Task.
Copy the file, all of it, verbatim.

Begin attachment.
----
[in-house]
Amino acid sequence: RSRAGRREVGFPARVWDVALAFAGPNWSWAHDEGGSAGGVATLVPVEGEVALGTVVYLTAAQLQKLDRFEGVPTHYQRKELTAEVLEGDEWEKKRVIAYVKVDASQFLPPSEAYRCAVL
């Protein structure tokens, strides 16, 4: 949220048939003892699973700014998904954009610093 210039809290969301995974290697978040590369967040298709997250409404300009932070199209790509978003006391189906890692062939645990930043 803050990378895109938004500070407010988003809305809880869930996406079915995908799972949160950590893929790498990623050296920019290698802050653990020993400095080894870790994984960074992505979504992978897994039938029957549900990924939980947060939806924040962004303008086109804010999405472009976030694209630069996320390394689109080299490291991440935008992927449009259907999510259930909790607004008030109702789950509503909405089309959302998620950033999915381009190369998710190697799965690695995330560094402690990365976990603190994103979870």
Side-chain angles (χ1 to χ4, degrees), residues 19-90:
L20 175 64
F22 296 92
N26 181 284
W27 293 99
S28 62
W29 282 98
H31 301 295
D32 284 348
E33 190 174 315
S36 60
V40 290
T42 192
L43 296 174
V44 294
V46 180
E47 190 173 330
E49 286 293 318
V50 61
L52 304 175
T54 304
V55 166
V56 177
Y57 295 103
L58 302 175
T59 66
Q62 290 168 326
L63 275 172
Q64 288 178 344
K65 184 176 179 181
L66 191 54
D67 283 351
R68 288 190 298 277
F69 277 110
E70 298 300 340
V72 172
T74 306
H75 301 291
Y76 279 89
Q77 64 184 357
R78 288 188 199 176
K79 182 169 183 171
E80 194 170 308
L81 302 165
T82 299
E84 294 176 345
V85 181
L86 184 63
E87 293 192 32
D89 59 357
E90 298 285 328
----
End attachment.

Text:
[in-house]
Amino acid sequence: RSRAGRREVGFPARVWDVALAFAGPNWSWAHDEGGSAGGVATLVPVEGEVALGTVVYLTAAQLQKLDRFEGVPTHYQRKELTAEVLEGDEWEKKRVIAYVKVDASQFLPPSEAYRCAVL
């Protein structure tokens, strides 16, 4: 949220048939003892699973700014998904954009610093 210039809290969301995974290697978040590369967040298709997250409404300009932070199209790509978003006391189906890692062939645990930043 803050990378895109938004500070407010988003809305809880869930996406079915995908799972949160950590893929790498990623050296920019290698802050653990020993400095080894870790994984960074992505979504992978897994039938029957549900990924939980947060939806924040962004303008086109804010999405472009976030694209630069996320390394689109080299490291991440935008992927449009259907999510259930909790607004008030109702789950509503909405089309959302998620950033999915381009190369998710190697799965690695995330560094402690990365976990603190994103979870």
Side-chain angles (χ1 to χ4, degrees), residues 19-90:
L20 175 64
F22 296 92
N26 181 284
W27 293 99
S28 62
W29 282 98
H31 301 295
D32 284 348
E33 190 174 315
S36 60
V40 290
T42 192
L43 296 174
V44 294
V46 180
E47 190 173 330
E49 286 293 318
V50 61
L52 304 175
T54 304
V55 166
V56 177
Y57 295 103
L58 302 175
T59 66
Q62 290 168 326
L63 275 172
Q64 288 178 344
K65 184 176 179 181
L66 191 54
D67 283 351
R68 288 190 298 277
F69 277 110
E70 298 300 340
V72 172
T74 306
H75 301 291
Y76 279 89
Q77 64 184 357
R78 288 188 199 176
K79 182 169 183 171
E80 194 170 308
L81 302 165
T82 299
E84 294 176 345
V85 181
L86 184 63
E87 293 192 32
D89 59 357
E90 298 285 328